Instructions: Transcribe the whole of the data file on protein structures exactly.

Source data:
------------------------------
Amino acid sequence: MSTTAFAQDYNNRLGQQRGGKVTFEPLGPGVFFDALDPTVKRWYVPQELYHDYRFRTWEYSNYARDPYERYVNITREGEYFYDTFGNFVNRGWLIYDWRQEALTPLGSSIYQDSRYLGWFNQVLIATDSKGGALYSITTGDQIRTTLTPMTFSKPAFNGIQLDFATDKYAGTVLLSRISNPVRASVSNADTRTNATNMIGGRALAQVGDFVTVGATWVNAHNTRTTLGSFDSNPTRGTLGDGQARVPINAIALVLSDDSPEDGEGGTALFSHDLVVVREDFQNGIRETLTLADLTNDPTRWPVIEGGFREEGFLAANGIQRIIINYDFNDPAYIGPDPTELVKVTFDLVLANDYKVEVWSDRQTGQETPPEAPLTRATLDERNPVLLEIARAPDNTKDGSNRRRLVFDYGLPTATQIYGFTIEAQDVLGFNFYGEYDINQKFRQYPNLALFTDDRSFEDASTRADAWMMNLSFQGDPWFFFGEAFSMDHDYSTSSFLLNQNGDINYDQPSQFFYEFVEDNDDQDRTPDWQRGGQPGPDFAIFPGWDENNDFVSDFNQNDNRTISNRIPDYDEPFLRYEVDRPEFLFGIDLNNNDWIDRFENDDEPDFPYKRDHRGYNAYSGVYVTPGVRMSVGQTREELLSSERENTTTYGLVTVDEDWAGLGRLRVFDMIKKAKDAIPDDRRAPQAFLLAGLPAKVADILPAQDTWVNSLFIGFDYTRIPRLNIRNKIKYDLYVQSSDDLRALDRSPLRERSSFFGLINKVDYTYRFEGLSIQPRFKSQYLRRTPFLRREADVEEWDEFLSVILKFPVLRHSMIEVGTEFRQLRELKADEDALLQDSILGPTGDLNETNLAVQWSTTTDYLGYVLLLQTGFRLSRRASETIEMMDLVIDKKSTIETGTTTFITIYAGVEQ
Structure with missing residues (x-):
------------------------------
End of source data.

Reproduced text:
Amino acid sequence: MSTTAFAQDYNNRLGQQRGGKVTFEPLGPGVFFDALDPTVKRWYVPQELYHDYRFRTWEYSNYARDPYERYVNITREGEYFYDTFGNFVNRGWLIYDWRQEALTPLGSSIYQDSRYLGWFNQVLIATDSKGGALYSITTGDQIRTTLTPMTFSKPAFNGIQLDFATDKYAGTVLLSRISNPVRASVSNADTRTNATNMIGGRALAQVGDFVTVGATWVNAHNTRTTLGSFDSNPTRGTLGDGQARVPINAIALVLSDDSPEDGEGGTALFSHDLVVVREDFQNGIRETLTLADLTNDPTRWPVIEGGFREEGFLAANGIQRIIINYDFNDPAYIGPDPTELVKVTFDLVLANDYKVEVWSDRQTGQETPPEAPLTRATLDERNPVLLEIARAPDNTKDGSNRRRLVFDYGLPTATQIYGFTIEAQDVLGFNFYGEYDINQKFRQYPNLALFTDDRSFEDASTRADAWMMNLSFQGDPWFFFGEAFSMDHDYSTSSFLLNQNGDINYDQPSQFFYEFVEDNDDQDRTPDWQRGGQPGPDFAIFPGWDENNDFVSDFNQNDNRTISNRIPDYDEPFLRYEVDRPEFLFGIDLNNNDWIDRFENDDEPDFPYKRDHRGYNAYSGVYVTPGVRMSVGQTREELLSSERENTTTYGLVTVDEDWAGLGRLRVFDMIKKAKDAIPDDRRAPQAFLLAGLPAKVADILPAQDTWVNSLFIGFDYTRIPRLNIRNKIKYDLYVQSSDDLRALDRSPLRERSSFFGLINKVDYTYRFEGLSIQPRFKSQYLRRTPFLRREADVEEWDEFLSVILKFPVLRHSMIEVGTEFRQLRELKADEDALLQDSILGPTGDLNETNLAVQWSTTTDYLGYVLLLQTGFRLSRRASETIEMMDLVIDKKSTIETGTTTFITIYAGVEQ
Structure with missing residues (x-):